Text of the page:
Class of 2022: Sowing the Seeds of STEM
WPI’s STEM Education Center is celebrating its 10th anniversary, and as we approach Commencement, it's clear that some important seeds–planted years ago–have taken root and are blooming in some important ways. Three members of the Class of 2022, who've already made a big impact in K-12 classrooms in Worcester, will leave the university well prepared to continue inspiring the next generation of STEM leaders.
“Our undergraduate Teacher Preparation Program intentionally places most of our teacher candidates in the Worcester Public Schools, and we are seeing the positive results with those high school students," said Kathy Chen, Director of WPI’s STEM Education Center. "Likewise, the Women’s Research and Mentorship Program (WRAMP) has reached many Worcester high school alumni who are current WPI students. It’s great to see how all these programs have become intertwined, and how WPI has partnered with the Worcester community.
Em Beeler '22 (Teacher Preparation Program/Math) did student teaching at Doherty High School in Worcester, where Beeler was a student several years ago. The experience leading Algebra and Pre-Calculus classes confirmed a desire to teach in a Worcester Public School. Beeler is one of the first Noyce scholars, a program to support WPI students majoring in science, mathematics, and engineering who want to pursue a career in teaching.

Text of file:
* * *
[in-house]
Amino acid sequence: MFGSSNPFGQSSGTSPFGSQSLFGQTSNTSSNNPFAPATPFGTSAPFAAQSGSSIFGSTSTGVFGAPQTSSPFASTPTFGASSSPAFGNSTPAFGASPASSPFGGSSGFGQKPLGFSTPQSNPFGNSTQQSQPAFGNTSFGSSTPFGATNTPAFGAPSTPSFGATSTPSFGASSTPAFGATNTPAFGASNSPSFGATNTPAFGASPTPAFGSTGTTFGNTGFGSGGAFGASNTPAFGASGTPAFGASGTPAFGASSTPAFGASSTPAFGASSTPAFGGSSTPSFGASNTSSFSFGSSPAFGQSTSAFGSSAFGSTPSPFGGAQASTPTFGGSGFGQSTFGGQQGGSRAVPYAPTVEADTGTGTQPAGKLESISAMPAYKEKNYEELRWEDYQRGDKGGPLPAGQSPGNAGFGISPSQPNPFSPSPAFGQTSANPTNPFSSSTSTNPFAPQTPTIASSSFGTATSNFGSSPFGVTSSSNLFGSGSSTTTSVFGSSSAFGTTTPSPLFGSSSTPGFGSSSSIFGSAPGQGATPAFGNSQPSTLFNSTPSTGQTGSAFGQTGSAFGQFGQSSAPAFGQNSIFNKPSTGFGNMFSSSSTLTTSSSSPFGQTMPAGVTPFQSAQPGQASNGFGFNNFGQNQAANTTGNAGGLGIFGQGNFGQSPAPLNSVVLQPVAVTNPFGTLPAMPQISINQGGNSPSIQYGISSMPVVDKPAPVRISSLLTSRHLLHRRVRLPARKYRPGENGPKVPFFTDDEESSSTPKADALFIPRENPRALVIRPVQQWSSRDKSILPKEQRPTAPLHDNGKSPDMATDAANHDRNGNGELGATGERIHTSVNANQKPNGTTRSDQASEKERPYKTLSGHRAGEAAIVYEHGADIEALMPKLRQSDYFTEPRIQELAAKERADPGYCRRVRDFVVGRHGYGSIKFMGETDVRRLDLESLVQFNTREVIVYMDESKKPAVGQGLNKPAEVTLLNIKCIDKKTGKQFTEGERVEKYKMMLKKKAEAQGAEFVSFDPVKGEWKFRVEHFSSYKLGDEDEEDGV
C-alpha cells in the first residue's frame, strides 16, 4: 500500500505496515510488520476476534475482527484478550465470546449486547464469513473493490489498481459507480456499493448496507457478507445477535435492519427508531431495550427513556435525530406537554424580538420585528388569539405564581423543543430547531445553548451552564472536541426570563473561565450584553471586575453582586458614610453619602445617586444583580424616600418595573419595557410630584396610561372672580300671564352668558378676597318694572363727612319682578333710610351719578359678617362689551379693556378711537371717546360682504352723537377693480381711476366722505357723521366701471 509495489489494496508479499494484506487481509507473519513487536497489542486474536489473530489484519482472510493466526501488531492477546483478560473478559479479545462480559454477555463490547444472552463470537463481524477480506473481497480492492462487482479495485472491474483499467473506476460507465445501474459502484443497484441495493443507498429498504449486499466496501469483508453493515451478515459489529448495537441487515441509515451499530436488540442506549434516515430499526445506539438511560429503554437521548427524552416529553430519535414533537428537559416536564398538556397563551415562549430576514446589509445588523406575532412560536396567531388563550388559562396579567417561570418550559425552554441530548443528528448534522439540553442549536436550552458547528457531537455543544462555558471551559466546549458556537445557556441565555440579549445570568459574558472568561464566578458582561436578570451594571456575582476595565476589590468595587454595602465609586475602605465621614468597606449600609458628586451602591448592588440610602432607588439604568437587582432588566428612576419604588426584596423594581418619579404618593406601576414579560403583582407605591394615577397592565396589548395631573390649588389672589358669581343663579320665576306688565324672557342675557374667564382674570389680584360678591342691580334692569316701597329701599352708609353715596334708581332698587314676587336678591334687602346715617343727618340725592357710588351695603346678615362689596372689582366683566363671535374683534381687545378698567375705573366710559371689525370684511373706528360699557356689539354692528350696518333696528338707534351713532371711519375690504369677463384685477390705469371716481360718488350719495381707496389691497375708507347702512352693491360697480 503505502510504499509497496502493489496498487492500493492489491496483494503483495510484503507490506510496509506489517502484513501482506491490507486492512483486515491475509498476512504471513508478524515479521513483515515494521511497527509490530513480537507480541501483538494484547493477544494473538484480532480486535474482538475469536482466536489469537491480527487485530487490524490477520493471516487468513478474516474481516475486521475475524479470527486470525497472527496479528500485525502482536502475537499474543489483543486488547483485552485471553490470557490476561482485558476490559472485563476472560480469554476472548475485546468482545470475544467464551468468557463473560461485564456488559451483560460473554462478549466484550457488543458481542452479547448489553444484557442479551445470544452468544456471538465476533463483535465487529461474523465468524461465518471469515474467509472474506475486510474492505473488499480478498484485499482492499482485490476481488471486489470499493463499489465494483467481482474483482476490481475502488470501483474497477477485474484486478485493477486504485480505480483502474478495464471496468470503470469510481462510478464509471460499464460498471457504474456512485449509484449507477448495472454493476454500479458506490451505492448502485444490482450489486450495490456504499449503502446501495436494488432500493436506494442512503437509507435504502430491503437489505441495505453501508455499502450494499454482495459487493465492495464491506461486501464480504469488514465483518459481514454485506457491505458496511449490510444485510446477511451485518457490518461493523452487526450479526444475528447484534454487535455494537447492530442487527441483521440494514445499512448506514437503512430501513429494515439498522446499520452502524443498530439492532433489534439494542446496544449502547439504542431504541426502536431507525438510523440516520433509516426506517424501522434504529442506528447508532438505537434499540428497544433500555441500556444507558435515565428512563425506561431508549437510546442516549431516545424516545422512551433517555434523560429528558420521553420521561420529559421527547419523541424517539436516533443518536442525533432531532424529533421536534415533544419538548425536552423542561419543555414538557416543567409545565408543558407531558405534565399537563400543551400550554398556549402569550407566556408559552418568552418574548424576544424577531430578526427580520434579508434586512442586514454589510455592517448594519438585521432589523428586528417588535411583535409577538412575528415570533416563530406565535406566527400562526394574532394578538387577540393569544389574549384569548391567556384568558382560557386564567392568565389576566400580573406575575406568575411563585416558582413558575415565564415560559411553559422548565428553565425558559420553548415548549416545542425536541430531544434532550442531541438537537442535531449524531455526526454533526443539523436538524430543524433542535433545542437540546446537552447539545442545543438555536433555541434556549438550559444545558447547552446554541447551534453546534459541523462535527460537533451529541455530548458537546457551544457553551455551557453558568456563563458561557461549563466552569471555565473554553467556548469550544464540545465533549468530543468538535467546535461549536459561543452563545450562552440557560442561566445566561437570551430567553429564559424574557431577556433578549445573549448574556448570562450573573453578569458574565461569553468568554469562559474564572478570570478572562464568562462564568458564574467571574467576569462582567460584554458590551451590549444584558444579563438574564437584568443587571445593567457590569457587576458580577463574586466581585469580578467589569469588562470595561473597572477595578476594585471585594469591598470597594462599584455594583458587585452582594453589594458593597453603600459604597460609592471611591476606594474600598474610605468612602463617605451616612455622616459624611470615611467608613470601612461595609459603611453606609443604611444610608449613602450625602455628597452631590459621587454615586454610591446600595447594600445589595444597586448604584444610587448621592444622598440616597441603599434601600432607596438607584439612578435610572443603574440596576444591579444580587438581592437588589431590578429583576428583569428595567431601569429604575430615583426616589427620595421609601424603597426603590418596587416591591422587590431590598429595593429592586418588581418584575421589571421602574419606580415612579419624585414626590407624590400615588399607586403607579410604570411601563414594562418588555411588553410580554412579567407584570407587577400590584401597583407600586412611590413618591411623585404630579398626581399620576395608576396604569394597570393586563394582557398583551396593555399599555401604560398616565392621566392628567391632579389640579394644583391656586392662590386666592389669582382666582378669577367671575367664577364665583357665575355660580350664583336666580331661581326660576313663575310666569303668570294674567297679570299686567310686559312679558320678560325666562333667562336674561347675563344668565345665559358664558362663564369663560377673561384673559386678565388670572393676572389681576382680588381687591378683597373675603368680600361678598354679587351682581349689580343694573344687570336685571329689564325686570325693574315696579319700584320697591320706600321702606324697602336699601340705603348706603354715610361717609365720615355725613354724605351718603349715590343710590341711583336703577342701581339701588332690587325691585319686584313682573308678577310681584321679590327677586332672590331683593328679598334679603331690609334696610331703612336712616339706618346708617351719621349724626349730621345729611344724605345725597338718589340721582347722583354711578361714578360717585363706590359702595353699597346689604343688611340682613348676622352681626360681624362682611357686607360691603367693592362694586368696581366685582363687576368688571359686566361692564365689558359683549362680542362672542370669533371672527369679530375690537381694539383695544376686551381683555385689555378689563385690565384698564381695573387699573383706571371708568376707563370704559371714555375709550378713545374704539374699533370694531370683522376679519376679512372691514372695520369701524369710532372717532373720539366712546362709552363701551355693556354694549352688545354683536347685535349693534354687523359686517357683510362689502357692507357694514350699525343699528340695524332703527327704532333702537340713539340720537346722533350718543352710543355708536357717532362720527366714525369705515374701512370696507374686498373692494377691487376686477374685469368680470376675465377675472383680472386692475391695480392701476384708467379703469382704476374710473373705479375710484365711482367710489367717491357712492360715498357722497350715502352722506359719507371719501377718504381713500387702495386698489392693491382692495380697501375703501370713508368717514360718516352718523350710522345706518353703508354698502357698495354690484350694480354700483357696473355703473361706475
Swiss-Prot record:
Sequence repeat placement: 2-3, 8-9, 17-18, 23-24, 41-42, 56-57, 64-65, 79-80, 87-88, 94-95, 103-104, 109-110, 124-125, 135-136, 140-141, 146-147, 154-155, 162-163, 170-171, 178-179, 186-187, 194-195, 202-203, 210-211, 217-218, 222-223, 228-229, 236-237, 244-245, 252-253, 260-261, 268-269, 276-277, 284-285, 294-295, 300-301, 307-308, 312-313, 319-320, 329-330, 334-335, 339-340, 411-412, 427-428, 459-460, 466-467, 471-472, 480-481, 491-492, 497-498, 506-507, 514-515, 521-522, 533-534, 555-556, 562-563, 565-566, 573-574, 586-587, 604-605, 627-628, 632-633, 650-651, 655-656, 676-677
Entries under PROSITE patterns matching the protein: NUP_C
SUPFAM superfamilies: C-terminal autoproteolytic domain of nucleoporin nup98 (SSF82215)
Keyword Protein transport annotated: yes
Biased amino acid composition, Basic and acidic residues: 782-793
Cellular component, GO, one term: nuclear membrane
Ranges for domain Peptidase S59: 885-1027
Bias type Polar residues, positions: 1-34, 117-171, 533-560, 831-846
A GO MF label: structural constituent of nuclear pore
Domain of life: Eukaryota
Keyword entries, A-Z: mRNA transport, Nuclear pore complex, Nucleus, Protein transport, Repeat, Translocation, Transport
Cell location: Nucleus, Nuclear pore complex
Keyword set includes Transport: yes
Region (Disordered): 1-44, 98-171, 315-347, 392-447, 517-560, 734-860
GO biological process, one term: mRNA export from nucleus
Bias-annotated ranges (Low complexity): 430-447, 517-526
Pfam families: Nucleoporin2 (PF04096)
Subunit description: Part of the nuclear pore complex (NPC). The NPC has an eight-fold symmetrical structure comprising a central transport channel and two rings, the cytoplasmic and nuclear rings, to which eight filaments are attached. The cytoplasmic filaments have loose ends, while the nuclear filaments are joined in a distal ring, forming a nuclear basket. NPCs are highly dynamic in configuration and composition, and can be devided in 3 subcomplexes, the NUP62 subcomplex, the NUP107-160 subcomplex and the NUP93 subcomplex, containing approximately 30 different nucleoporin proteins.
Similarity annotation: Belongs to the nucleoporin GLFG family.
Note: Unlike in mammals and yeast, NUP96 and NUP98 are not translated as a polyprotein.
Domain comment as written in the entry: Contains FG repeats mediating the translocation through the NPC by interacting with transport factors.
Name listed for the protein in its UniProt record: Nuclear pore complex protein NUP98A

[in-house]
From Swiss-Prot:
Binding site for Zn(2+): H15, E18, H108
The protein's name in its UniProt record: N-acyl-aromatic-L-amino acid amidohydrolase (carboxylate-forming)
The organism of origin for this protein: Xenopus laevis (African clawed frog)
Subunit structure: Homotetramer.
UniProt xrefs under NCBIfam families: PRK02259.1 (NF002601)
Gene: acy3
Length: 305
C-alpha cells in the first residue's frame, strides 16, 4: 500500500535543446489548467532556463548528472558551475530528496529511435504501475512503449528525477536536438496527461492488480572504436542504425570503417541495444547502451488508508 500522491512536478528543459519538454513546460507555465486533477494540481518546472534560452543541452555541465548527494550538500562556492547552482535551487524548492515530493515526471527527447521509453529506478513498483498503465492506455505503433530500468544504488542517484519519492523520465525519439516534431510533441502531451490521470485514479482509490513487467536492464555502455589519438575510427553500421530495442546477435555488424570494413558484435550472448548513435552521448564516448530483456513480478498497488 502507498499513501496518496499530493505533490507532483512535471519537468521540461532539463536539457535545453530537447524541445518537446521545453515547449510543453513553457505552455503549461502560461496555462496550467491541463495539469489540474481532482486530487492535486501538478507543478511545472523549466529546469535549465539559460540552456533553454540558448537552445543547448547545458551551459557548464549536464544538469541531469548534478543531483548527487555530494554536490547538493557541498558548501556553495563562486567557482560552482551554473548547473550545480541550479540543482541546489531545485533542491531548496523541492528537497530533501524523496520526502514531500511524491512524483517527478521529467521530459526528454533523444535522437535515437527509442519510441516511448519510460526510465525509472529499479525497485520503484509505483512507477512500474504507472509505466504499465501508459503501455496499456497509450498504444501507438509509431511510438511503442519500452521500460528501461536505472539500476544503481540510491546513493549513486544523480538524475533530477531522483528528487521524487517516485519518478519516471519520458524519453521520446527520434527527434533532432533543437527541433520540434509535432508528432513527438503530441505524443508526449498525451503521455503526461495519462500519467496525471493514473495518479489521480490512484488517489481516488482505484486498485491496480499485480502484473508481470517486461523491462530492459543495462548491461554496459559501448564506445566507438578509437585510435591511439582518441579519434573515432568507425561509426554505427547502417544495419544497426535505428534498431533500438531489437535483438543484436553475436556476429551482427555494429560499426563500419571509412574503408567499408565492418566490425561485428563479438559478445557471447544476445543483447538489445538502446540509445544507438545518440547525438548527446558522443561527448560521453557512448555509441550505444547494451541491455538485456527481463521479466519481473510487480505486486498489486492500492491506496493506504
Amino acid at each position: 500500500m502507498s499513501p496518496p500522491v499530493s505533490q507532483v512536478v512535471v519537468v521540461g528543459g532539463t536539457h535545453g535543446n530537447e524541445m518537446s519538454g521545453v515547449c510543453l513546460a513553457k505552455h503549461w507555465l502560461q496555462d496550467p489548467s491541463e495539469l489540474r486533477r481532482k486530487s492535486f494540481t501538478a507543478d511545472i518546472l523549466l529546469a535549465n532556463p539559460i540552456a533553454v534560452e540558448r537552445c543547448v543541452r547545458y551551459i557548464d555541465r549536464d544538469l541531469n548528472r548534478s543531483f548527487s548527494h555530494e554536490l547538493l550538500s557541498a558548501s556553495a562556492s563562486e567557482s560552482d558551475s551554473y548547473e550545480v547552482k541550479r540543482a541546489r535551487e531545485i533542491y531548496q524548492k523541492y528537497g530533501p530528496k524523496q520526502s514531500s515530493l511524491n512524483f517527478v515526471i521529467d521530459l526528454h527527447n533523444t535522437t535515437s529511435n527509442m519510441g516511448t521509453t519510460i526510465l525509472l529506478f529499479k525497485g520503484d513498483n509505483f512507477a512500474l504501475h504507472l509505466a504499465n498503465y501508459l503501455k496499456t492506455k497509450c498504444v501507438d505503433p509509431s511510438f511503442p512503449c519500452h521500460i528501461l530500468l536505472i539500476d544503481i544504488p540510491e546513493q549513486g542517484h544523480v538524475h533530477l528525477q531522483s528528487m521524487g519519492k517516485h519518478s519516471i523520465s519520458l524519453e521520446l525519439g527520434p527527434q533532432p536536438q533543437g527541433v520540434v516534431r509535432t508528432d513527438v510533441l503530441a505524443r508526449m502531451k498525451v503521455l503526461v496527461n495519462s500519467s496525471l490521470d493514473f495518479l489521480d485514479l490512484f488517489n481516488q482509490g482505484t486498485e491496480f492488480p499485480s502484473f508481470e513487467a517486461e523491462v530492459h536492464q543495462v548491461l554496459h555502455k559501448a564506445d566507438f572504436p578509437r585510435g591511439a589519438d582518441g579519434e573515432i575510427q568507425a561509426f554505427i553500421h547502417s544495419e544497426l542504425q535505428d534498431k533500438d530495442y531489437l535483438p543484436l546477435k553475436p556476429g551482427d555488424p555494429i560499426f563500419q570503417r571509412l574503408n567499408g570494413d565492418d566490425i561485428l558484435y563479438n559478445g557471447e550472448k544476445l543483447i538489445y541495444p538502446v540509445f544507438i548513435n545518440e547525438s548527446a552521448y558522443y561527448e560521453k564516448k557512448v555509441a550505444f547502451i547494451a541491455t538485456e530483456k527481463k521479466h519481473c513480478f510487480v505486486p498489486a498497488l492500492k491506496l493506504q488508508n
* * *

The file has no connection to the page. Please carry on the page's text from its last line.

"Through the Teacher Preparation Program and the STEM Education Center, I was able to participate in exciting K-12 outreach activities throughout my undergrad experience,” said Beeler. “I’m grateful for the STEM Education Center because it allowed me to meet other students who were planning on going into education after college—it made me feel more confident in my career choice."
Mahvash Jebeli '22 (BME PhD), a three-time WRAMP mentor, has inspired two high school students from Worcester Public Schools to attend WPI. They are now members of the Class of 2025 and Great Minds CoMPASS scholars, a WPI initiative designed to meet the full demonstrated financial need, up to the cost of tuition and fees, of selected Pell-eligible students enrolled in the Worcester Public Schools who are interested in attending WPI.
Jebeli says, “This program helped me gain experience with teaching and mentorship that was not feasible to achieve any other way. Working with bright high school women helped me understand the value of giving back to our scientific society. Two of my high school students were accepted into our undergraduate biomedical engineering program, and I foresee a bright future for both of them.”
Maiya Mitchell '20 (Teacher Prep/ME), '22 (FPE grad student) was a student teacher at Worcester Technical High School and inspired one of her high school students to follow in her footsteps. That student, Genesis Bernabel, is now a Great Minds CoMPASS scholar and Noyce scholar in the Teacher Preparation program.